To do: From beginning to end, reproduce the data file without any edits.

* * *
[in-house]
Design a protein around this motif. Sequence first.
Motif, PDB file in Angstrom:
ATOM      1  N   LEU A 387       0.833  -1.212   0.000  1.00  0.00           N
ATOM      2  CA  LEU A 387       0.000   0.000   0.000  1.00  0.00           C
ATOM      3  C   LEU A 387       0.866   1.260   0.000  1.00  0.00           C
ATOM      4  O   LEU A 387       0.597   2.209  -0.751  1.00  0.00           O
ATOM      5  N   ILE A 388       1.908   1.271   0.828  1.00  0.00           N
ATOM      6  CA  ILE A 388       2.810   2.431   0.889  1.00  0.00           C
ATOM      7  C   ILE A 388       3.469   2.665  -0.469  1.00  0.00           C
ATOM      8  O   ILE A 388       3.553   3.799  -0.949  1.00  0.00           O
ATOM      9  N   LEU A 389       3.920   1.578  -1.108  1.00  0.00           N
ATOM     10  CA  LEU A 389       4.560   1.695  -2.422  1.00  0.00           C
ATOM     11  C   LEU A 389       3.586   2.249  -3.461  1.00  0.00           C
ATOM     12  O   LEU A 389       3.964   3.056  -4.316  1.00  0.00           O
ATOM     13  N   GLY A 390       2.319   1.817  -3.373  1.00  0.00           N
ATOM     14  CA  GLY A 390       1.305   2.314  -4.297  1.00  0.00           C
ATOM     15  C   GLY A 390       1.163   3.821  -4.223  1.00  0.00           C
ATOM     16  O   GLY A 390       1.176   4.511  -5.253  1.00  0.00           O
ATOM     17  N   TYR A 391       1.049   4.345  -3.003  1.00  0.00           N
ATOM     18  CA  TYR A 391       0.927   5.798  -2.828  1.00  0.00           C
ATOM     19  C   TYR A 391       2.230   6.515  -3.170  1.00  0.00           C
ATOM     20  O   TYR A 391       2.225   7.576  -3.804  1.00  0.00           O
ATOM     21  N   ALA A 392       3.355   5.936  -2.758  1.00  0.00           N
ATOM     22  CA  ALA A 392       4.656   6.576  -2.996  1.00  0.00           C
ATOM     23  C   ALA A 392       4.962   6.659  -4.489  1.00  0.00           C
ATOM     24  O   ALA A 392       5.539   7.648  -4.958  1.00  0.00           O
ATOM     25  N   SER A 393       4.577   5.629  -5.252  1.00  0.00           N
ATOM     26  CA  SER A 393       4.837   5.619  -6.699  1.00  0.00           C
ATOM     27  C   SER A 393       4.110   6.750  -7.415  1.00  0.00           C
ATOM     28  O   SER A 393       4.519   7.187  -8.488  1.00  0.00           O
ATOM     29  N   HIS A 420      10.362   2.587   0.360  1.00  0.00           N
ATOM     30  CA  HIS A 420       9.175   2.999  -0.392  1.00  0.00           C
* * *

[in-house]
Design a protein around this motif. Sequence first.
Motif, PDB file in Angstrom:
ATOM      1  N   LEU A 387       0.833  -1.212   0.000  1.00  0.00           N
ATOM      2  CA  LEU A 387       0.000   0.000   0.000  1.00  0.00           C
ATOM      3  C   LEU A 387       0.866   1.260   0.000  1.00  0.00           C
ATOM      4  O   LEU A 387       0.597   2.209  -0.751  1.00  0.00           O
ATOM      5  N   ILE A 388       1.908   1.271   0.828  1.00  0.00           N
ATOM      6  CA  ILE A 388       2.810   2.431   0.889  1.00  0.00           C
ATOM      7  C   ILE A 388       3.469   2.665  -0.469  1.00  0.00           C
ATOM      8  O   ILE A 388       3.553   3.799  -0.949  1.00  0.00           O
ATOM      9  N   LEU A 389       3.920   1.578  -1.108  1.00  0.00           N
ATOM     10  CA  LEU A 389       4.560   1.695  -2.422  1.00  0.00           C
ATOM     11  C   LEU A 389       3.586   2.249  -3.461  1.00  0.00           C
ATOM     12  O   LEU A 389       3.964   3.056  -4.316  1.00  0.00           O
ATOM     13  N   GLY A 390       2.319   1.817  -3.373  1.00  0.00           N
ATOM     14  CA  GLY A 390       1.305   2.314  -4.297  1.00  0.00           C
ATOM     15  C   GLY A 390       1.163   3.821  -4.223  1.00  0.00           C
ATOM     16  O   GLY A 390       1.176   4.511  -5.253  1.00  0.00           O
ATOM     17  N   TYR A 391       1.049   4.345  -3.003  1.00  0.00           N
ATOM     18  CA  TYR A 391       0.927   5.798  -2.828  1.00  0.00           C
ATOM     19  C   TYR A 391       2.230   6.515  -3.170  1.00  0.00           C
ATOM     20  O   TYR A 391       2.225   7.576  -3.804  1.00  0.00           O
ATOM     21  N   ALA A 392       3.355   5.936  -2.758  1.00  0.00           N
ATOM     22  CA  ALA A 392       4.656   6.576  -2.996  1.00  0.00           C
ATOM     23  C   ALA A 392       4.962   6.659  -4.489  1.00  0.00           C
ATOM     24  O   ALA A 392       5.539   7.648  -4.958  1.00  0.00           O
ATOM     25  N   SER A 393       4.577   5.629  -5.252  1.00  0.00           N
ATOM     26  CA  SER A 393       4.837   5.619  -6.699  1.00  0.00           C
ATOM     27  C   SER A 393       4.110   6.750  -7.415  1.00  0.00           C
ATOM     28  O   SER A 393       4.519   7.187  -8.488  1.00  0.00           O
ATOM     29  N   HIS A 420      10.362   2.587   0.360  1.00  0.00           N
ATOM     30  CA  HIS A 420       9.175   2.999  -0.392  1.00  0.00           C